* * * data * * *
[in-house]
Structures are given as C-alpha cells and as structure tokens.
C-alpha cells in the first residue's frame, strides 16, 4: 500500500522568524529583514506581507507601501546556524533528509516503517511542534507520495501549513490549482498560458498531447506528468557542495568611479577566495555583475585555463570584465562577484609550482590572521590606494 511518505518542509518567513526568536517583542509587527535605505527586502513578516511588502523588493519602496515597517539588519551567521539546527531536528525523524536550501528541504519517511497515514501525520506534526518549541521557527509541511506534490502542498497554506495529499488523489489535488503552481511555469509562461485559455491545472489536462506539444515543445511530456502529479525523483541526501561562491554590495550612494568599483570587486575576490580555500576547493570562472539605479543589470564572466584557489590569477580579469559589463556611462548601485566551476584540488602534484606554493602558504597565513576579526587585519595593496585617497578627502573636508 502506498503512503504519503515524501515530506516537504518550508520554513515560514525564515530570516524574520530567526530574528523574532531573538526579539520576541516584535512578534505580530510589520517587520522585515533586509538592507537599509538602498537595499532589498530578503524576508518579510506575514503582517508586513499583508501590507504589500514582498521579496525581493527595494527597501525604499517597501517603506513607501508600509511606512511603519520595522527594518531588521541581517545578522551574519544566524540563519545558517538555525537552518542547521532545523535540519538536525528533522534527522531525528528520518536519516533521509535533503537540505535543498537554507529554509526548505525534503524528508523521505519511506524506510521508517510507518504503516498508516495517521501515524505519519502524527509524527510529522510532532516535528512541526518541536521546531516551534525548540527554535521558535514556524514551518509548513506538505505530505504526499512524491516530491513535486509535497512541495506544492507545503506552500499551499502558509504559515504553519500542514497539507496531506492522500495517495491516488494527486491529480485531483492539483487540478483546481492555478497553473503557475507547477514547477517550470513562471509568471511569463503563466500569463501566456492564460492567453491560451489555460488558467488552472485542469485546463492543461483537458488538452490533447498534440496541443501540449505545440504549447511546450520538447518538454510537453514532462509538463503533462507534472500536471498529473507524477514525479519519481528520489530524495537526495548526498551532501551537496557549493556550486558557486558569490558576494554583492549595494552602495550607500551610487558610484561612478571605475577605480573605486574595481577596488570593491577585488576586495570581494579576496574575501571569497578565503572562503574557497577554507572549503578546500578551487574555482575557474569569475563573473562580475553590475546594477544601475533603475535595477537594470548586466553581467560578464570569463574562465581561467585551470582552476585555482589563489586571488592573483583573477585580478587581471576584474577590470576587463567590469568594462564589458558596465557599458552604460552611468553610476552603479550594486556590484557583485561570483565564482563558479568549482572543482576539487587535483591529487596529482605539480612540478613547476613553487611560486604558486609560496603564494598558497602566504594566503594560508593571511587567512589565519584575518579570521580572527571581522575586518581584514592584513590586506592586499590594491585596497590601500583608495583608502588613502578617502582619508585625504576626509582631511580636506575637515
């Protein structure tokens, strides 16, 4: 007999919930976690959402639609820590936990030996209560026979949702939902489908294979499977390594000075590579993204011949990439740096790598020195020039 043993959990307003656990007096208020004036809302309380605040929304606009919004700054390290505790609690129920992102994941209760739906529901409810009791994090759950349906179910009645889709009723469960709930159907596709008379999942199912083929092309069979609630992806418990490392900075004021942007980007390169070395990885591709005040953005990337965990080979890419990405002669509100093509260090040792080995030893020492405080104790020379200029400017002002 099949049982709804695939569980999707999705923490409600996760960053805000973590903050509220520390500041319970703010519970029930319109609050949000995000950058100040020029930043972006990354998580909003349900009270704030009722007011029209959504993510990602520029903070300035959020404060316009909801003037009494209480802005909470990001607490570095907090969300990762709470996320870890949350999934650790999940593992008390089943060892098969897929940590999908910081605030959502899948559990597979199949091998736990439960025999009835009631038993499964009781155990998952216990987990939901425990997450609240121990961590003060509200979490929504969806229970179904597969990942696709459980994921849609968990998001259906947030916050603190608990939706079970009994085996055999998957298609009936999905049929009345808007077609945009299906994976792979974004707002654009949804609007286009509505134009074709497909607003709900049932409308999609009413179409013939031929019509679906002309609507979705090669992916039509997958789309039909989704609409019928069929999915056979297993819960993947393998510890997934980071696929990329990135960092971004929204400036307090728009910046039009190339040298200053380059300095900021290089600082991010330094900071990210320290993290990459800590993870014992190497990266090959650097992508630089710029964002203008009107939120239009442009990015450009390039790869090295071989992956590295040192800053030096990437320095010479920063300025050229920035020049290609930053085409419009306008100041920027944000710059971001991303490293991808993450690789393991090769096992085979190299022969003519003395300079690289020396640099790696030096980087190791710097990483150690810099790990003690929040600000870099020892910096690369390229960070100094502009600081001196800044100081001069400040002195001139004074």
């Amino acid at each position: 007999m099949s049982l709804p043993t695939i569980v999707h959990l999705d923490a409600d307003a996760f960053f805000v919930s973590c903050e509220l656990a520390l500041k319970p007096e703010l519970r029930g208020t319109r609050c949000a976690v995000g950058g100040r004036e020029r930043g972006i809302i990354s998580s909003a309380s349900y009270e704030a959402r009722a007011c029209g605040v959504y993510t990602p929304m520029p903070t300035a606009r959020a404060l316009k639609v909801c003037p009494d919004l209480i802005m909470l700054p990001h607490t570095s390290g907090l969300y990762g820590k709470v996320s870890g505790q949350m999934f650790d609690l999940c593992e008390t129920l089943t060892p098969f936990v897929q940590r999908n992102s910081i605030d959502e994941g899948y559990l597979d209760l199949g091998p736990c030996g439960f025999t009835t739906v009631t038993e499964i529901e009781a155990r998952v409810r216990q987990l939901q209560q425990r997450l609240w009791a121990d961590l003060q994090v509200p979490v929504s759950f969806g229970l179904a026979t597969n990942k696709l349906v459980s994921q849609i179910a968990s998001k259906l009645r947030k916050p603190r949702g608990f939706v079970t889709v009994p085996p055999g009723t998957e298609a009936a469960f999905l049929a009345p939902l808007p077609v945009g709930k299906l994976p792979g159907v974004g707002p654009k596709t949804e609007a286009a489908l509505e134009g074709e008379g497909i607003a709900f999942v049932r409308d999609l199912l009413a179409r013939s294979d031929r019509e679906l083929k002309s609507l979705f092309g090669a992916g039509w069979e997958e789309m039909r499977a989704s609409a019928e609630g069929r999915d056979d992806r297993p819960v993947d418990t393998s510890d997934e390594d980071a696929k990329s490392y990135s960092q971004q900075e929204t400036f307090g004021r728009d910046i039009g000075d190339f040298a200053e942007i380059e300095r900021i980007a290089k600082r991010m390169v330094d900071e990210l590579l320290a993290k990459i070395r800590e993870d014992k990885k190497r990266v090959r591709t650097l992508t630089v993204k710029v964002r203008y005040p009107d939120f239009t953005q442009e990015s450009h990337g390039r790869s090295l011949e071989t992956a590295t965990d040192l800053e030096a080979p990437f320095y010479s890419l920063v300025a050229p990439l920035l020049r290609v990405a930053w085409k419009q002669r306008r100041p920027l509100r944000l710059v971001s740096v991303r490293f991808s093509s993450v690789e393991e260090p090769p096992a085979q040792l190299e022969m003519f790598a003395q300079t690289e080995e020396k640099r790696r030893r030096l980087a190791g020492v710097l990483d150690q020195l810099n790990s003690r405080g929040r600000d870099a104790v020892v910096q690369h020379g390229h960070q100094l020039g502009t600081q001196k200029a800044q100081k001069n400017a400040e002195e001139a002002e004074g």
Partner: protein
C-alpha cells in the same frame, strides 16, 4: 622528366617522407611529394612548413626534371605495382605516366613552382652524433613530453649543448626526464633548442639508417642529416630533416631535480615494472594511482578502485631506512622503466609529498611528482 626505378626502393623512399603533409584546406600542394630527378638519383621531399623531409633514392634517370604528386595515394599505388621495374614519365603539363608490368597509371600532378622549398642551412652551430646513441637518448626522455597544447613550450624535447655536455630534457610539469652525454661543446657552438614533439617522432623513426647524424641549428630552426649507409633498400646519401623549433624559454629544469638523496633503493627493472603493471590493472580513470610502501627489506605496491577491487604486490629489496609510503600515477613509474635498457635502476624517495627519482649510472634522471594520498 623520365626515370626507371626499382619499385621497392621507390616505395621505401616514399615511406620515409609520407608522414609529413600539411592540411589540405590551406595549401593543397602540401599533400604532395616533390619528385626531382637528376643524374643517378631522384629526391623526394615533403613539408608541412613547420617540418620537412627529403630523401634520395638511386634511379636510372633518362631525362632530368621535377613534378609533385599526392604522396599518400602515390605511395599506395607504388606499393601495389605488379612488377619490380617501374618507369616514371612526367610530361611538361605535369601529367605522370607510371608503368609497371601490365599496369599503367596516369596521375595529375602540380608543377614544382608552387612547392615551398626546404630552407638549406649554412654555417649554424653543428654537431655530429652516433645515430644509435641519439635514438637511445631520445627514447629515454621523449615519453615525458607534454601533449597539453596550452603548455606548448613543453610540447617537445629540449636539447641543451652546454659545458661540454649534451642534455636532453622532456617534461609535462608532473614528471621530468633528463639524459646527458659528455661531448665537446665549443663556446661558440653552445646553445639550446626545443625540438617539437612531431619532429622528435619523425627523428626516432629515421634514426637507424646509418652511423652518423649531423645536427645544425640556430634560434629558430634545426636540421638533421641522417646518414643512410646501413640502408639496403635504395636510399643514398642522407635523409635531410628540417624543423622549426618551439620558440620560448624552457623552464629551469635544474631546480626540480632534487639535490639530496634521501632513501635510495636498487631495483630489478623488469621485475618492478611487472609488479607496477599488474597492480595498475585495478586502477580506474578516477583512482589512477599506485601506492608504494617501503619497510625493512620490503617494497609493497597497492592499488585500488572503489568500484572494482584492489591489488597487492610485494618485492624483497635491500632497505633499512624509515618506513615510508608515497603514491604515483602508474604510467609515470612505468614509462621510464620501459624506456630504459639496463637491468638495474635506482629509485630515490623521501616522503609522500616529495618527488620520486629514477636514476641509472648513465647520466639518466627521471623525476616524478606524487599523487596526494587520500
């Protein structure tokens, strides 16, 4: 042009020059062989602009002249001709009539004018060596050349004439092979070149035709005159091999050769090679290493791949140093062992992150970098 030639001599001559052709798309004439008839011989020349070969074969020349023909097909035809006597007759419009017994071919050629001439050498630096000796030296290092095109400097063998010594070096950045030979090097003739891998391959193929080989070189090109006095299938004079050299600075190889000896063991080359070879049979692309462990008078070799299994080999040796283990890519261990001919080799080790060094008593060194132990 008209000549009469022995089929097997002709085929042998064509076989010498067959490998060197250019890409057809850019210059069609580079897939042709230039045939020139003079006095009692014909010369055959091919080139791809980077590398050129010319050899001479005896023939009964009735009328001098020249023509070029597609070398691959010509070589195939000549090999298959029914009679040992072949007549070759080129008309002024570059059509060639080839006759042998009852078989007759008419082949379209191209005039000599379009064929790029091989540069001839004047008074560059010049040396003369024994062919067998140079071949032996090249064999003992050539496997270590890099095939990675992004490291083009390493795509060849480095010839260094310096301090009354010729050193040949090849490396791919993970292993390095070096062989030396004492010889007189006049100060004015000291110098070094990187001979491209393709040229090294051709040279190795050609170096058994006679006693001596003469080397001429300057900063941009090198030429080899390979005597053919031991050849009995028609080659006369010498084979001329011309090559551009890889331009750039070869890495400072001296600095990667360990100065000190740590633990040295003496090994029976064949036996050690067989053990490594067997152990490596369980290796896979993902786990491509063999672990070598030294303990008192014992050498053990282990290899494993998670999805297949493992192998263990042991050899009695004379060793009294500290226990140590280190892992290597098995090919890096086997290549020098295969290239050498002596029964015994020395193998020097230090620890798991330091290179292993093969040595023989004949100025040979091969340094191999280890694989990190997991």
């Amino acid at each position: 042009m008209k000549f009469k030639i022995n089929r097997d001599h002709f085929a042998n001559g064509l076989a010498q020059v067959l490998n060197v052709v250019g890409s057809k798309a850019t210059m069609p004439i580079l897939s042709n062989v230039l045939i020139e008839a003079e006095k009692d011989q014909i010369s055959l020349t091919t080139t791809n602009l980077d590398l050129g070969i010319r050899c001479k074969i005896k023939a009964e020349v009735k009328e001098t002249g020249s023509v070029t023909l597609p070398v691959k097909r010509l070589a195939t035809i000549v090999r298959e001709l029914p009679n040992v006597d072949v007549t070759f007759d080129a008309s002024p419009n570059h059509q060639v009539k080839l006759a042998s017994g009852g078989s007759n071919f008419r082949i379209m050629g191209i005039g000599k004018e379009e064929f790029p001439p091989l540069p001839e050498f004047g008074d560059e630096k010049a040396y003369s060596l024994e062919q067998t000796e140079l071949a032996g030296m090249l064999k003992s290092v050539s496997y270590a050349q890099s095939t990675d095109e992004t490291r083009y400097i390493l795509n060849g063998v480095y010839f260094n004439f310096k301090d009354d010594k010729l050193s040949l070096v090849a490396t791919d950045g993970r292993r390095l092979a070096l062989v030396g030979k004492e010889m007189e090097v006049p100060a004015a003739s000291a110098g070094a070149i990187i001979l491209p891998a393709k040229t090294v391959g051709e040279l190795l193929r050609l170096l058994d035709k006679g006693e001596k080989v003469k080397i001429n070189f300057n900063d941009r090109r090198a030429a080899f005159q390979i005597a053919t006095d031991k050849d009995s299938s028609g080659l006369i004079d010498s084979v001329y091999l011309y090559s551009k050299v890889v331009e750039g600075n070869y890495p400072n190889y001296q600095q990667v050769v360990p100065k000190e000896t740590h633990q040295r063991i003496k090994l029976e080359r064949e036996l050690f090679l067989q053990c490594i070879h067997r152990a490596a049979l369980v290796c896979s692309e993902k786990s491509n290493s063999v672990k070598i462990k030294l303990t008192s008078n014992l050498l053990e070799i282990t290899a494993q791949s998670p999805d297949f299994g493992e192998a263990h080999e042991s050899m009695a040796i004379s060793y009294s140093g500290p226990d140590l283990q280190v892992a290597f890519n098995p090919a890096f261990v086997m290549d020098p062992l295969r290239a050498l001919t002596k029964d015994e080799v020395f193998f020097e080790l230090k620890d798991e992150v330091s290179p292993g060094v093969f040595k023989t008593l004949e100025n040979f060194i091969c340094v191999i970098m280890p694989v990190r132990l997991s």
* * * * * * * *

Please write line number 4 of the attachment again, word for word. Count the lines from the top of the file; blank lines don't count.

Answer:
């Protein structure tokens, strides 16, 4: 007999919930976690959402639609820590936990030996209560026979949702939902489908294979499977390594000075590579993204011949990439740096790598020195020039 043993959990307003656990007096208020004036809302309380605040929304606009919004700054390290505790609690129920992102994941209760739906529901409810009791994090759950349906179910009645889709009723469960709930159907596709008379999942199912083929092309069979609630992806418990490392900075004021942007980007390169070395990885591709005040953005990337965990080979890419990405002669509100093509260090040792080995030893020492405080104790020379200029400017002002 099949049982709804695939569980999707999705923490409600996760960053805000973590903050509220520390500041319970703010519970029930319109609050949000995000950058100040020029930043972006990354998580909003349900009270704030009722007011029209959504993510990602520029903070300035959020404060316009909801003037009494209480802005909470990001607490570095907090969300990762709470996320870890949350999934650790999940593992008390089943060892098969897929940590999908910081605030959502899948559990597979199949091998736990439960025999009835009631038993499964009781155990998952216990987990939901425990997450609240121990961590003060509200979490929504969806229970179904597969990942696709459980994921849609968990998001259906947030916050603190608990939706079970009994085996055999998957298609009936999905049929009345808007077609945009299906994976792979974004707002654009949804609007286009509505134009074709497909607003709900049932409308999609009413179409013939031929019509679906002309609507979705090669992916039509997958789309039909989704609409019928069929999915056979297993819960993947393998510890997934980071696929990329990135960092971004929204400036307090728009910046039009190339040298200053380059300095900021290089600082991010330094900071990210320290993290990459800590993870014992190497990266090959650097992508630089710029964002203008009107939120239009442009990015450009390039790869090295071989992956590295040192800053030096990437320095010479920063300025050229920035020049290609930053085409419009306008100041920027944000710059971001991303490293991808993450690789393991090769096992085979190299022969003519003395300079690289020396640099790696030096980087190791710097990483150690810099790990003690929040600000870099020892910096690369390229960070100094502009600081001196800044100081001069400040002195001139004074």